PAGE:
The ads that made these false claims were misleading clickbait that attempted to entice readers to click or scroll through nearly 70 slides. We've detailed below why these kinds of ads and articles exist in the first place.
In December 2023, multiple online advertisements were displayed to users, including possibly on YouTube, that showed one or more photos of Chick-fil-A restaurant locations with the claim that the company would be closing down in 2024. The caption for one of the ads read, "They're Closing Doors in 2024. These Fast Food Restaurant Chains Are Closing The Doors In 2024."
Another ad with a picture of a Chick-fil-A restaurant read, "Restaurant Chains Closing. It's Time To Say Goodbye, These Restaurants Be Closing The Doors."
We found several other variations of similar ads that made the same claim about Chick-fil-A's supposed future plans. Some of the ads said said the company would be closing up shop in 2023.
All of these ads were false. It was not true that Chick-fil-A was going to be closing all of its locations, going bankrupt or going out of business for other reasons. An April 2023 report from QSR Magazine detailed the chicken sandwich company's strong financial earnings.
All of the ads led to a lengthy article on Reference.com with the headline, "These 53 Restaurant Chains Are on the Brink of Disappearing Entirely." In the article's page source code, we noted that the story was perhaps written during or before the year 2020 and was last republished in 2021. In other words, the article that was being advertised in December 2023 was two or more years old.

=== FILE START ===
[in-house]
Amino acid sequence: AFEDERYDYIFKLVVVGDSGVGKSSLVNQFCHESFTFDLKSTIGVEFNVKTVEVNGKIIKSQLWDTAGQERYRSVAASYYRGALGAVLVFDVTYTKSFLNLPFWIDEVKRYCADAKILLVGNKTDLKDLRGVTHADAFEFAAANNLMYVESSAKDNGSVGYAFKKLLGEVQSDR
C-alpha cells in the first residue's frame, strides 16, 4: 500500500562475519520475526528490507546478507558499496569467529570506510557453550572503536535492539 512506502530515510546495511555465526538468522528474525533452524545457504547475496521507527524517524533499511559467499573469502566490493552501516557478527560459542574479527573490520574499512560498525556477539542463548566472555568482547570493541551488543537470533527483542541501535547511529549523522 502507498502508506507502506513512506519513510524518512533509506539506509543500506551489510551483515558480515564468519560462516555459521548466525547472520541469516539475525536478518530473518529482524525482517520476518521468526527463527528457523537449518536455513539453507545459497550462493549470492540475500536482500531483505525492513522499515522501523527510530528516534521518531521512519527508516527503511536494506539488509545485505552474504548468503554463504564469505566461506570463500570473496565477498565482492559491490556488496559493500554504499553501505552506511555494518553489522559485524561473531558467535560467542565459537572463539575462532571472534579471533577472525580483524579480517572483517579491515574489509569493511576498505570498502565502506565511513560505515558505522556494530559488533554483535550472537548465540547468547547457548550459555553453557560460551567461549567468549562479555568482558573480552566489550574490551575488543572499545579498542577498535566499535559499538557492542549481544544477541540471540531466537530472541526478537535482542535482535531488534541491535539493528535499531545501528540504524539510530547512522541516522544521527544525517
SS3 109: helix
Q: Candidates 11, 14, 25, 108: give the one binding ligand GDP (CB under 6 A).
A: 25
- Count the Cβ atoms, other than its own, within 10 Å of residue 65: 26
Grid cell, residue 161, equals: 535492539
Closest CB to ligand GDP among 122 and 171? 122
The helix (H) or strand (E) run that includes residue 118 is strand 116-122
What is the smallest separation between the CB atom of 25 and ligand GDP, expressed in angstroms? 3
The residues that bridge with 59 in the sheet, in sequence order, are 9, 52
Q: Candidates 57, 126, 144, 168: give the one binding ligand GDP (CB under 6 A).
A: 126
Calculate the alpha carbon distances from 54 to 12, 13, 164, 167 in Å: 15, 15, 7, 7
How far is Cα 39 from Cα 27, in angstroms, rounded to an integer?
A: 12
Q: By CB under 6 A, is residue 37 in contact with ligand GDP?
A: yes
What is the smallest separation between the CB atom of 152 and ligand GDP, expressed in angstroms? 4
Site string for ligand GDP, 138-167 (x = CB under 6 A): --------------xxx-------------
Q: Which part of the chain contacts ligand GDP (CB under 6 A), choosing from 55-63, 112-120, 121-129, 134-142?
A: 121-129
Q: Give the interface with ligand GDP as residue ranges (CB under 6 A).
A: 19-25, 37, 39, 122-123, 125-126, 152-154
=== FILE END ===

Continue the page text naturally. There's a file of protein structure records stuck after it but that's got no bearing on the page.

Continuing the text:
The article listed nearly 70 businesses, most of which appeared to be American brands. Under each business name were several paragraphs describing whether the companies would be closing some or all of its locations.
Nowhere in the nearly 70-slide article was Chick-fil-A mentioned even once. The ads with the photos of Chick-fil-A restaurant locations were false and misleading clickbait that may have originally been created to entice readers to scroll or click through the slides, all for nothing.
The reason why these kinds of ads and articles exist is usually something called advertising arbitrage. Advertising arbitrage is a strategy in which an advertiser hopes to make more money on ads displayed in a lengthy article than it would cost to display an initial clickbait ad meant to attract users to the article. In other words, instead of the ads being both attractive and potentially helpful to consumers, they instead mislead users from the start.
We reached out to Chick-fil-A's media relations team by email to ask if it had a statement to share regarding the false and misleading ads and will update this story if we receive a response.
Note: If readers would like to report any strange or misleading ads on Snopes, we invite you to contact us. Please include the full link of the website where the questionable ad led to so that we can attempt to investigate and potentially block any such ads.